kbug’s project Design Media Arts at UCLA
In the 1970s space colonies were considered to be a viable alternative to a life restricted to planet Earth. The design of cylindrical space...Now playingSpaceCollective Where forward thinking terrestrials share ideas and information about the state of the species, their planet and the universe, living the lives of science fiction.Introduction Featuring Powers of Ten by Charles and Ray Eames, based on an idea by Kees Boeke.
I just remembered this one really inspiring Animatrix clip from a couple years back. It's part of the short "Beyond," written by Koji Morimoto, where a glitch in the Matrix system at an abandoned warehouse/factory becomes a fascinating playground for the Japanese locals. Time and motion feel completely manipulable, and the soundtrack augments its mysticism:
And also... does anyone know how to size down these YouTube videos when embedding to SpaceCollective? I noticed some other people's entries have smaller sized vids so as to not take up a tremendous amount of room. Any tips are greatly appreciated, thanks. :)
I've been particularly fascinated by the works of Bill Fontana, in which his approach to sound is that where he brings to the forefront patterns from our natural environments that we otherwise would never have paid any attention to. Because we tend to only consciously listen to those sounds with meaning (i.e. language and music), the rest of what we hear is generally considered meaningless "noise." His works concern themselves with treating the "urban and natural environment as a living source of musical information."
The following links are some of my personal favorites from his portfolio (descriptions are taken from his website):
LANDSCAPE SOUNDINGS, was commisssioned by the Vienna Festival, in cooperation with the Austrian State Radio Company and the Kunsthistorisches and Naturhistorisches Museums.
This was a large-scale sculptural installation realized in the plaza situated between the Kunsthistorisches and Naturhistorisches museums in the center of Vienna. It translated the architectural theme of art and nature represented by the parallel facing museums into an acoustic transformation of this formal urban garden by overlaying the sensuous live sounds of an existing ancient Danube wetland.
"Sound Island" was installed at the Arc de Triomphe, in which the live sound of the sea from Normandy was broadcast to 48 loudspeakers hidden on the facade of the monument, creating the illusion that the cars circling the place de l'Etoile were silent. The Arc de Triomphe is an island at the center of an immense traffic circle. It is an urban architectural island not because it is surrounded by water, but by a sea of cars. The constant flow of hundreds of encircling cars are the dominant visual and aural experience one has when standing under the towering monument, looking out at Paris. This sound sculpture explored the transformation of the visual and aural experience of traffic. Live natural white sounds of the sea from the Normandy coast were transmitted to loudspeakers installed on the facade of the monument. The presence of the breaking and crashing waves created the illusion that the cars were silent. This was accomplished in contradiction to the visual aspects of the situation. The sound of the sea is natural white sound, and has the psycho-acoustic ability to mask other sounds, not by virtue of being louder, but because of the sheer harmonic complexity of the sea sound.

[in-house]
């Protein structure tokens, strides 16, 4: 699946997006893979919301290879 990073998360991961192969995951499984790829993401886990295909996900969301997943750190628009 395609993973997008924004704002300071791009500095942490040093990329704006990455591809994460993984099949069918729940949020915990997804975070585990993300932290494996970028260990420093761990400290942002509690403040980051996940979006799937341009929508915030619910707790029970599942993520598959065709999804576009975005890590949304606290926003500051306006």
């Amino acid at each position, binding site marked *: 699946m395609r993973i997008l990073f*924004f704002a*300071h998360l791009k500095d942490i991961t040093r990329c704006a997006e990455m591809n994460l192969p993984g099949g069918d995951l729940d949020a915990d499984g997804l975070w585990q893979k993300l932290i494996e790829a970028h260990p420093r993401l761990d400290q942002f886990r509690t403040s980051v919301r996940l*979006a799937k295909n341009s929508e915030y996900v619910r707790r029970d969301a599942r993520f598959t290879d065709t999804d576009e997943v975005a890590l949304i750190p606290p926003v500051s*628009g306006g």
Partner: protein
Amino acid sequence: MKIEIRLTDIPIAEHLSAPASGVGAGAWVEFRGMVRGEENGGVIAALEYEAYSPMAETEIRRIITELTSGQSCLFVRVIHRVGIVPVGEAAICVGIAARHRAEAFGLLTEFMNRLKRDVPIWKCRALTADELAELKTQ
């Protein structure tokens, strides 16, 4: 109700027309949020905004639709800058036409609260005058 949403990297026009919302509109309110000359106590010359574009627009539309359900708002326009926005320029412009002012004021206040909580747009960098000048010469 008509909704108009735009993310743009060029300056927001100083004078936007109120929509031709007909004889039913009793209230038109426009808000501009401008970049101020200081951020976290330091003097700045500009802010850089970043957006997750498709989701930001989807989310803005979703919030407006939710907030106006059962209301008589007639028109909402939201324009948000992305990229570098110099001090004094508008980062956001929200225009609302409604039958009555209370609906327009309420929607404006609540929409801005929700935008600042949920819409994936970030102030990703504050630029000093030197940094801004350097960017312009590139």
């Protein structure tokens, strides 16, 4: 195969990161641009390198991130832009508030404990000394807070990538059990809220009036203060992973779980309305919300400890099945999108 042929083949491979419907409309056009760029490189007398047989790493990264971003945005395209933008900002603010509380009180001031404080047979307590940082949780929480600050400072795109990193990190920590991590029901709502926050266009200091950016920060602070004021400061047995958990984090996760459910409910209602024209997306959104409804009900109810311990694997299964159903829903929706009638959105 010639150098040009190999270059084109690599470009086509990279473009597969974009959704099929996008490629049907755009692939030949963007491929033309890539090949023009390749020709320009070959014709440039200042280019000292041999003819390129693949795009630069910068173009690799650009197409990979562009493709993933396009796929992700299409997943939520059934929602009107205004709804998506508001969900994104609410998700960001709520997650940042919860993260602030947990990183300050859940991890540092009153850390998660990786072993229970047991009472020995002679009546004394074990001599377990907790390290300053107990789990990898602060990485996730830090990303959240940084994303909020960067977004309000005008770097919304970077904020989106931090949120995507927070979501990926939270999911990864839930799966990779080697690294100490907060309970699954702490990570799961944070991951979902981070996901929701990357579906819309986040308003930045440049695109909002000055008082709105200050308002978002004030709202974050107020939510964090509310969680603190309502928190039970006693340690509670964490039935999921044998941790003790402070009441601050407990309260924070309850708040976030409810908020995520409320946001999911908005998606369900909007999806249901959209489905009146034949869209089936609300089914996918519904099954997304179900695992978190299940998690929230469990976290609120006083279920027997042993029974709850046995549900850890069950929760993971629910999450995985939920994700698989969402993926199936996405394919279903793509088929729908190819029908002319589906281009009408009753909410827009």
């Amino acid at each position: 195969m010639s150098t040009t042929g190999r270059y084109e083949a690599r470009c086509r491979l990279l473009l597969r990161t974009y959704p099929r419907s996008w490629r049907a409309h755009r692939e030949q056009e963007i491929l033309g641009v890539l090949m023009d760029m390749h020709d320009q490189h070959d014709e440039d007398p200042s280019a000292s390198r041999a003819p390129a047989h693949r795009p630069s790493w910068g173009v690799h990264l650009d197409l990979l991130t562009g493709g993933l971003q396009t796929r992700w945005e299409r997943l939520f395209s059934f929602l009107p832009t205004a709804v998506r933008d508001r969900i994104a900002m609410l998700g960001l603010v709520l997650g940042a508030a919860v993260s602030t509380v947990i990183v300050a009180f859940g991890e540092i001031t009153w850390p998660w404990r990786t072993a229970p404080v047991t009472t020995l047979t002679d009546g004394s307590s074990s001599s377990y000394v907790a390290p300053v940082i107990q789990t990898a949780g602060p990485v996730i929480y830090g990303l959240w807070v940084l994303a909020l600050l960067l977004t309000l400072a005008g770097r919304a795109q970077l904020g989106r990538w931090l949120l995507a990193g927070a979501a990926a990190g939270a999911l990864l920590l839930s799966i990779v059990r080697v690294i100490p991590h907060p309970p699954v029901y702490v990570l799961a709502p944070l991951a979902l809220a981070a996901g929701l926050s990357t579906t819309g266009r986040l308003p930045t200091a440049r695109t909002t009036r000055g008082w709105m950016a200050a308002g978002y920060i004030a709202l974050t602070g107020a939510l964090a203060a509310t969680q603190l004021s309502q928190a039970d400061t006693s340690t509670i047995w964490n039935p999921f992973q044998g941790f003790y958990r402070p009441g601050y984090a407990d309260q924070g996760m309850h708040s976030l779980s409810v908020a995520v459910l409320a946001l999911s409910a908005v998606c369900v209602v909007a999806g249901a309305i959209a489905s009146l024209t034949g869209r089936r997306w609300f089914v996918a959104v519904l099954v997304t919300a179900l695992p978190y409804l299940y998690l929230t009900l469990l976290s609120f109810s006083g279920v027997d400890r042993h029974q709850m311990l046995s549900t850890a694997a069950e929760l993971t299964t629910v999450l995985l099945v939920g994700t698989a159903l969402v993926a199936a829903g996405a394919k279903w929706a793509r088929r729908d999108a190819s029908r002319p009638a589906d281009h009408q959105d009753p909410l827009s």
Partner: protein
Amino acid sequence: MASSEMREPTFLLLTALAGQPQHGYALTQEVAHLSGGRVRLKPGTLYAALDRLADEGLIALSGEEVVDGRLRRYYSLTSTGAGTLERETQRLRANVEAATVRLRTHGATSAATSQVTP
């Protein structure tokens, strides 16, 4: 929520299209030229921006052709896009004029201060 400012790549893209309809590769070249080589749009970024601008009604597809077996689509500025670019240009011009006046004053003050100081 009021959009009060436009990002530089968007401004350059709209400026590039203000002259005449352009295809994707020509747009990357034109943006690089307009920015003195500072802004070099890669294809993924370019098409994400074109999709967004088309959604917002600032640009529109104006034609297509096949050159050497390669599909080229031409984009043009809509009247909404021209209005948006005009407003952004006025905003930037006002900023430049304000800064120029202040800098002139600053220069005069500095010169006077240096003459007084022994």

Since the end of World War II, the church of St. kolumba has been a ruin, inhabited by thousands of pigeons. "Pigeon Soundings" is an 8 channel sound map of the acoustic life and movements of these pigeons in St. Kolumba; where they nest along the top of the west wall, and fly back and forth across a large rectangular open gap, to the top of a parallel roof surface, that diagonally slants downward across the remainder of the ruin.
This sound map is an 8 channel real time recording of the movements and voices of pigeons in the ruin. Eight microphones were mounted in two parallel groups of four that were placed along the two sides of the rectangular space. The resulting recordings mapped out the movements and overlapping sound fields of the pigeons behavior and flights within the space.
In the future, when the new museum is built, it will no longer be a nesting site for pigeons. These 8 channel recordings will be played from a sculptural installation of 8 loudspeakers that are placed in the same spatial positions as the microphones, becoming an acoustic evocation of this 50 year period in between being a functioning church and a museum for the next century.
This ruin being taken over by pigeons may at first give the impression of decay and death. It is certainly nature's way of reclaiming what had gone out human control. In this 50 year span of pigeons sounding in the ruin, many timeless generations of pigeons came and went. In this passage of nameless birds, the space was returned to a pure state of timelessness, where all of its soundings were supposed to be unheard. These pigeon soundings became the space dreaming to itself, returning to a primal state that lay in the realm of new beginnings.
Boards of Canada's first official music video, created by reassembling bits of found documentary films. It's what dropping from space, soaring in the skies, and being engulfed by towering walls of water looks, sounds, and feels like. Wonderfully majestic.
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SpaceCollective is a joint initiative of filmmaker Rene Daalder and designer Folkert Gorter. Daalder is the project's main author and creator of The Future of Everything. Gorter is the site's interaction designer and the curator of the Gallery. System architecture and technology created by Josh Pangell. The Future of Everything episodes are edited by Aaron Ohlmann and produced by American Scenes Inc; executive producer: Joseph Kaufman.